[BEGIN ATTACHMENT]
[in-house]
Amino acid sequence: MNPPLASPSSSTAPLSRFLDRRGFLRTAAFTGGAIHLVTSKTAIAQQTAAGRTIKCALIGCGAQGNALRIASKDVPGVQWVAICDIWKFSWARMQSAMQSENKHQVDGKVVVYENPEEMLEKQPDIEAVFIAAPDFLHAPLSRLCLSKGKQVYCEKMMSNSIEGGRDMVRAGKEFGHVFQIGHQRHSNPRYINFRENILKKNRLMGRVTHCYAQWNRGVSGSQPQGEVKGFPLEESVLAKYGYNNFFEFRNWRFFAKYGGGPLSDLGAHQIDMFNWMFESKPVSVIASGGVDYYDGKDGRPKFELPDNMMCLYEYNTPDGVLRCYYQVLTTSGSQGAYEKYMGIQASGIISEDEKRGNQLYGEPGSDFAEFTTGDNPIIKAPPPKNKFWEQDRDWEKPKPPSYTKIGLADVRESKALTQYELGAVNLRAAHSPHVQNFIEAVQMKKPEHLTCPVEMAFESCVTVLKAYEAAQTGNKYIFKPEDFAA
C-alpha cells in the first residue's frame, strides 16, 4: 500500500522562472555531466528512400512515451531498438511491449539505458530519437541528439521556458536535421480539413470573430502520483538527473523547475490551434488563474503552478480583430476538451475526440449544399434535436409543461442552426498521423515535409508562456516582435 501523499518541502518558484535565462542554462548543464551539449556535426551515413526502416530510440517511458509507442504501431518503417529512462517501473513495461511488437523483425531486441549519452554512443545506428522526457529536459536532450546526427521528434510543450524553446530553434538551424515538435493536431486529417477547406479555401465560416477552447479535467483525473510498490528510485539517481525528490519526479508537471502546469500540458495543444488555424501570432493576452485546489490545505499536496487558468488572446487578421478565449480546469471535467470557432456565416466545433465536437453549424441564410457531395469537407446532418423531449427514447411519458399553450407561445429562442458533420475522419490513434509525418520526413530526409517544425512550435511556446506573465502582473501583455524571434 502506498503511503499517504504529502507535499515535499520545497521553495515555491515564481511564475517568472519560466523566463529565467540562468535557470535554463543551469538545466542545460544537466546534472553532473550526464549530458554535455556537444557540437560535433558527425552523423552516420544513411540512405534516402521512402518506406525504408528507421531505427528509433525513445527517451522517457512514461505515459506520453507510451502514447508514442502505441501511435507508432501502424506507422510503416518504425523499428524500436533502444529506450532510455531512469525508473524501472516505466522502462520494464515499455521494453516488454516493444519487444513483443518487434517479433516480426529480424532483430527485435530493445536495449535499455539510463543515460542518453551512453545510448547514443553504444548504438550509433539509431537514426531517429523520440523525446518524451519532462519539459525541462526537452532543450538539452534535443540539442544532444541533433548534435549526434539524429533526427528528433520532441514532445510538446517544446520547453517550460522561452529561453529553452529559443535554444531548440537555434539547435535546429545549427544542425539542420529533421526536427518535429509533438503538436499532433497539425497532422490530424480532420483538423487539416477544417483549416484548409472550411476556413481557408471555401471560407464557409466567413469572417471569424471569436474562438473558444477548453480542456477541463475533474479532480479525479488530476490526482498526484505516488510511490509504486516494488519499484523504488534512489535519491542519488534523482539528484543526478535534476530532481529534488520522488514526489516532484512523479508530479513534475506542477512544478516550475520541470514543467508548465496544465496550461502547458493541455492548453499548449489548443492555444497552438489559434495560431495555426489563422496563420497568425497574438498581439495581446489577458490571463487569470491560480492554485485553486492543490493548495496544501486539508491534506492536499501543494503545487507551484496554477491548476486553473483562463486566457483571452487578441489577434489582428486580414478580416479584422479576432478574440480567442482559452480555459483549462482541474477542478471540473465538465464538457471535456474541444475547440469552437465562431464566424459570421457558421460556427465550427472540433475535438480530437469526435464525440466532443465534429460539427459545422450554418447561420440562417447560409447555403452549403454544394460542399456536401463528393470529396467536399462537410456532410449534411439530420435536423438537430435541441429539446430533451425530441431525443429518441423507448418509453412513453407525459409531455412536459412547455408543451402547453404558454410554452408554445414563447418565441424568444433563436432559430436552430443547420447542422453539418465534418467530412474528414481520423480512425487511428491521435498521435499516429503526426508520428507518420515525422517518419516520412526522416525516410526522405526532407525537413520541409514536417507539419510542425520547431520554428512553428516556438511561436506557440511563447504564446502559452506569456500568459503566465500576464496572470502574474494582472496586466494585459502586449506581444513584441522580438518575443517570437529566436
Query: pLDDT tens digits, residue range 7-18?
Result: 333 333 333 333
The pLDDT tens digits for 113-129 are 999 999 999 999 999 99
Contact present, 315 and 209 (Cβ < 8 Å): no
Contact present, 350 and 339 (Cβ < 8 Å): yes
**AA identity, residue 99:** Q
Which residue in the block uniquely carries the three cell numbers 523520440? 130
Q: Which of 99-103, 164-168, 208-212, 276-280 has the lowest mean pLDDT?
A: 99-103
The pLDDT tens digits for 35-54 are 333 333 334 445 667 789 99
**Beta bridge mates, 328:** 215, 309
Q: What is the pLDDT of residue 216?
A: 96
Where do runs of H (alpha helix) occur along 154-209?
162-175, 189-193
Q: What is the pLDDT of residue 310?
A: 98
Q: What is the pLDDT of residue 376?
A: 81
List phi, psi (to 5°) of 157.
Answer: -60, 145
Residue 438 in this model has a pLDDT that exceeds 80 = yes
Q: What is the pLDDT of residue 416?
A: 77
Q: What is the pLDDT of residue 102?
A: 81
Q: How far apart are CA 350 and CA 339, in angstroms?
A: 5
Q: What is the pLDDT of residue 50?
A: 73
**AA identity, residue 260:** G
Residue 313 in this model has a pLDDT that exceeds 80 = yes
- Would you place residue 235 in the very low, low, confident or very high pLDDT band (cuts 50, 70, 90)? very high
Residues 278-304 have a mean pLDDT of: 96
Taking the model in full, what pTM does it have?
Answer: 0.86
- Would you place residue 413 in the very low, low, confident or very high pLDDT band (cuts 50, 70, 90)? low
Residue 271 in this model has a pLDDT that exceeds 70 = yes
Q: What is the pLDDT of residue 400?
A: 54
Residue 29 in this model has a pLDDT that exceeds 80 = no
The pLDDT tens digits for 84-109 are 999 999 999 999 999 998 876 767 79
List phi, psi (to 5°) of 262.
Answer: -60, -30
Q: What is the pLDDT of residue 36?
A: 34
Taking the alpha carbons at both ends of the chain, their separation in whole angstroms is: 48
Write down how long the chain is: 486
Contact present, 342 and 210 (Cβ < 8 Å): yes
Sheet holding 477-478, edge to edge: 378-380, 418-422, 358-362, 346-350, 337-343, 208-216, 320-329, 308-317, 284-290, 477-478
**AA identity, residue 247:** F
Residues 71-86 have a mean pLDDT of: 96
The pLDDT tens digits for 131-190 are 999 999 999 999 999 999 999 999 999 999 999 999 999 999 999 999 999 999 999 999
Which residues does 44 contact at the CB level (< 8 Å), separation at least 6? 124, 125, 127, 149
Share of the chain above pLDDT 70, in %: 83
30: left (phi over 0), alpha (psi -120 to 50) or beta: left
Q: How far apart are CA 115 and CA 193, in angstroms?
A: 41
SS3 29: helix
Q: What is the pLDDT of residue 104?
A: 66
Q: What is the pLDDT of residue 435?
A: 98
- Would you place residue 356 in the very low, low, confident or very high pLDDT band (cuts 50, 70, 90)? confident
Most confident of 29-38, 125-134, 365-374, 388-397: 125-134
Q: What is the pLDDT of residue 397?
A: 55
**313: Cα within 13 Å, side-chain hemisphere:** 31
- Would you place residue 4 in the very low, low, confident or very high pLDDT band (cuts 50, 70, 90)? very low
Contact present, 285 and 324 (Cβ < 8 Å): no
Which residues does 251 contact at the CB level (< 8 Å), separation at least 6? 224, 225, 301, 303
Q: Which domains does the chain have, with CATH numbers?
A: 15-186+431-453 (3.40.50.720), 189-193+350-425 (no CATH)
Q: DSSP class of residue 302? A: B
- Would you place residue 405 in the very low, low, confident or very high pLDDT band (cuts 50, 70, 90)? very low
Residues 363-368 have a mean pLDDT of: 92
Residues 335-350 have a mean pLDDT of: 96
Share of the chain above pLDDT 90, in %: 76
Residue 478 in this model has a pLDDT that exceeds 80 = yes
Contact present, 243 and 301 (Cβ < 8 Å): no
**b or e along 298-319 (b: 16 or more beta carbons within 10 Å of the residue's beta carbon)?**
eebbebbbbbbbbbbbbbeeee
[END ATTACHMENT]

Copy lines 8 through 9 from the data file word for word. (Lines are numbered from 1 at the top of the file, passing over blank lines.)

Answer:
Contact present, 350 and 339 (Cβ < 8 Å): yes
**AA identity, residue 99:** Q